On Tuesday, Kathleen McClaskey of Personalize Learning shared the compelling story behind her passion for discovering the learner in every child. Today she’s back to give you practical tips on using the UDL lens of Access, Engage, and Express to help each learner reach their potential. The floor is yours, Kathleen!
For too long, schools have identified who the learner is and how they learn using learning styles. Some learners are labeled based on their disability. In today’s post, we ask you to open a new door and consider using the neurosciences to discover the learner in every child.
“If you remove the veil of disability, you can see the learner.”—Kathleen McClaskey
Universal Design for Learning® (UDL)
How do you understand how a learner learns best?
Universal Design for Learning (UDL) is a research-based set of principles developed by CAST (Center for Applied Special Technology) in the 1990s to help guide the design of instruction and learning environments. The idea behind UDL is to reduce the barriers to learning and optimize the levels of support and challenges to meet the needs and interests of all learners in the classroom.
UDL is grounded in neuroscience and provides an understanding about the what, how, and why of learning. It tells us that there is variability in how each learner learns: their strengths, challenges, aptitudes, talents, and aspirations. UDL is a framework that applies to ALL learners as a means for creating personalized, learner-centered environments where each student can develop agency. The most important thing for teachers to understand is how learners can best access and engage with the content and express what they know. With this understanding, teachers will be better equipped to design the best instruction.
The UDL Lens: Access, Engage and Express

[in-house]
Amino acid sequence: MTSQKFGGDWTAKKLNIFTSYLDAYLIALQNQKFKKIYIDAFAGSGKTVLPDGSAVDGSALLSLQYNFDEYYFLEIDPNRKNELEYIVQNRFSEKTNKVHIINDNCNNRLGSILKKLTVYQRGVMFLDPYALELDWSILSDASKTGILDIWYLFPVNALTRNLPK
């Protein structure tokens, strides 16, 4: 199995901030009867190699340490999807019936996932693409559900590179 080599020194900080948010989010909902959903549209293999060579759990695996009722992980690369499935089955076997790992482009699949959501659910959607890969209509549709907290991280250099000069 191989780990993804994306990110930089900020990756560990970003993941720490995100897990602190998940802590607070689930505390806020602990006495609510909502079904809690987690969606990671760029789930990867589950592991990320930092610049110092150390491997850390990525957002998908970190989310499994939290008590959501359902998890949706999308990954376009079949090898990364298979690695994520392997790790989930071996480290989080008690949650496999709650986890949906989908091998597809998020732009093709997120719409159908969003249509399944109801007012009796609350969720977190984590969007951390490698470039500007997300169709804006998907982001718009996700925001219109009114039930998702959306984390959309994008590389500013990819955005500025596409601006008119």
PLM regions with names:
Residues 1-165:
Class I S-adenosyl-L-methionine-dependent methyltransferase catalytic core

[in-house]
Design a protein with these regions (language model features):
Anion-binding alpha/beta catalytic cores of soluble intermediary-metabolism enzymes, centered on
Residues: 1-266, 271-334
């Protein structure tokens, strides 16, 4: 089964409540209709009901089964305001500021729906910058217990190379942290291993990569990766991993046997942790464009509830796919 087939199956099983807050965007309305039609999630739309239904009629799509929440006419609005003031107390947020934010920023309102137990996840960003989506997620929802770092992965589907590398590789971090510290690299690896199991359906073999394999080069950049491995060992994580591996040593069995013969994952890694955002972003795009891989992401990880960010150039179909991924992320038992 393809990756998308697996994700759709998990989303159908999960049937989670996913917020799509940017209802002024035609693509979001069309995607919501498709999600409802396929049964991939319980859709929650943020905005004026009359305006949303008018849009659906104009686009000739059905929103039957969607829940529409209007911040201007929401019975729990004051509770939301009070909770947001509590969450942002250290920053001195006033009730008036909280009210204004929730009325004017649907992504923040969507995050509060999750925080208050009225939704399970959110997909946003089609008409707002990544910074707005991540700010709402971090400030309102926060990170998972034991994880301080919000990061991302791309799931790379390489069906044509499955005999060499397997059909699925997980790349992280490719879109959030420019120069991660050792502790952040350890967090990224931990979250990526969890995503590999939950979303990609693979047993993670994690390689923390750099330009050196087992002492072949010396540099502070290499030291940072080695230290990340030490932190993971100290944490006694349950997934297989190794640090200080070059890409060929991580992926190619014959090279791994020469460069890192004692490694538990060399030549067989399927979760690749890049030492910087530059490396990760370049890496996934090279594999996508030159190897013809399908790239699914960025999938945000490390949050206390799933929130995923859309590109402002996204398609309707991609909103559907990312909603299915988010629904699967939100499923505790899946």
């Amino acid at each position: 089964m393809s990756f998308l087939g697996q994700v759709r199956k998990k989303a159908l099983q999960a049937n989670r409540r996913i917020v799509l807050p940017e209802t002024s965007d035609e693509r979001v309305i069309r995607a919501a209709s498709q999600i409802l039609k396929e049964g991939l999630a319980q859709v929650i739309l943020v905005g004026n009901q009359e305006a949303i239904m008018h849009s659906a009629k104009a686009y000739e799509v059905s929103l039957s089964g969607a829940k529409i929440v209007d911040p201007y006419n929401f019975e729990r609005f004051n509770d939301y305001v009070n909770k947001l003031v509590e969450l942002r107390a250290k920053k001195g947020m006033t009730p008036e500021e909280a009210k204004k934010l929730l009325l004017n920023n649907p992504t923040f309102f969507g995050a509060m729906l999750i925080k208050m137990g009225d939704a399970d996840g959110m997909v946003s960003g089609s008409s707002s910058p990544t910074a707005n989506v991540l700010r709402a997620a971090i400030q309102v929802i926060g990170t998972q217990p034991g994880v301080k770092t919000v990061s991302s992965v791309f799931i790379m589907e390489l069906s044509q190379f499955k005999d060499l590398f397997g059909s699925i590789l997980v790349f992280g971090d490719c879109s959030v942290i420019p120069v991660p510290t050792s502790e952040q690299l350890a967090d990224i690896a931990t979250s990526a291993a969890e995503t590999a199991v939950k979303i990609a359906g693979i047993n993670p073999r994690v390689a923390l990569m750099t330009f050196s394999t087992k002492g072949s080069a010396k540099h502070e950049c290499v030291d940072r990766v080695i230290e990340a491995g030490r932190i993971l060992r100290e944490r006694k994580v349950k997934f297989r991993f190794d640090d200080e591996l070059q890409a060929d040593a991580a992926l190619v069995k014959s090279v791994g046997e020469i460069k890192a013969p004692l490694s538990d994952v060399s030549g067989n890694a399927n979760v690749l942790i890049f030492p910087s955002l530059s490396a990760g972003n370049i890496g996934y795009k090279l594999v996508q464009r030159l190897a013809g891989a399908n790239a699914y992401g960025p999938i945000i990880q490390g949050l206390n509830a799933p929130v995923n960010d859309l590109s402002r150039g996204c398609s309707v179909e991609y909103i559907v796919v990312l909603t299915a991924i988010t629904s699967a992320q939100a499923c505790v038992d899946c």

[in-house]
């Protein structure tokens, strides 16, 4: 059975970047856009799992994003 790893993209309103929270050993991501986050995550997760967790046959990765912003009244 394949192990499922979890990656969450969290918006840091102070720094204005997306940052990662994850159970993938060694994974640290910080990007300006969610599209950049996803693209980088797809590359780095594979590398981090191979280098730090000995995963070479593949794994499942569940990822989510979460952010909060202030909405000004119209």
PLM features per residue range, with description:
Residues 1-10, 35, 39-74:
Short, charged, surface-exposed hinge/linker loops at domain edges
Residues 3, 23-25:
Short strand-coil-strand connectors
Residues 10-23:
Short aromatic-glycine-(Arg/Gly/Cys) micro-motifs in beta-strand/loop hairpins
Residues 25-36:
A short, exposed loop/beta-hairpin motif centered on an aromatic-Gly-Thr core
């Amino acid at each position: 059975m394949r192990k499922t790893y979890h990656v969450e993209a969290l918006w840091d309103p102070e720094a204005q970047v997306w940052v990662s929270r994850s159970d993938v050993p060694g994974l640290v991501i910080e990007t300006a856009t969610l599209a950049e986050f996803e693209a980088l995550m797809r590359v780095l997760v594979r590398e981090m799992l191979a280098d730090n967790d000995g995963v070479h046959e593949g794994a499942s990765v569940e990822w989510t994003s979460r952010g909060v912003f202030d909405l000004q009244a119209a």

The three principles of Universal Design for Learning are:
- Multiple Means of Representation
- Multiple Means of Engagement
- Multiple Means of Expression and Action
At Personalize Learning, we were approached by teachers and administrators to develop a clearer and more practical way of applying the UDL principles in daily practice. We decided on three terms—Access, Engage, and Express—to provide the lens for understanding how every learner learns best.
Each learner has variability in how they access and process information, how they engage with content, and how they express what they know and understand. Using the UDL lens of Access, Engage, and Express to understand learners can not only help the teacher better design effective instruction, but can also offer the learner a way to tell their story about how they learn best. When the learner uses the UDL lens to share how they learn, it validates them. If all schools adopted this UDL lens, it would have a positive and profound impact for all learners in a personalized learning environment.
Labels vs. UDL Lens
So let’s take look at how you can discover the learner in every child. It’s a common practice to use labels to describe many learners and our developing perceptions of who they are or could be. The question is, Would you want to use labels or a lens to discover the learner? Before I begin, think of a child in your classroom who has been identified with labels like “learning disabilities,” and “speech and language impaired,” and then think about how you could use the UDL lens of Access, Engage, and Express to understand who they are as a learner.
Now let’s look a real-life example of a learner who was described with labels and examine his outcomes. I’ll use the example of my own son. We’ll look at him before first grade and after first grade and consider his outcomes, and then we’ll use the UDL lens of Access, Engage, and Express to develop a Learner Profile and discover who he really was as a learner. Finally, we’ll look at a Personal Learning Backpack that includes the types of tools and skills he could have developed to become an independent learner.
Before first grade, my son was curious, creative, and imaginative. These are qualities we love about young learners. He was a storyteller with a great vocabulary and excellent memory skills. He tripped me up a few times with his ability to remember details. He was math smart and could calculate multi-digit numbers mentally at 5 years old. Above all, he had a love for learning and exploring.
Let’s take a look at who he was after first grade. By the time he was 8 years old, he was tested and labeled with learning disabilities, reading disabilities, attention deficit disorder, and writing deficits. More labels were added as he became an adolescent. My son’s outcomes were not good, like so many learners that we know with this type of learning profile. He did not realize his hopes and dreams, nor was he ever able to follow his passions to find his purpose.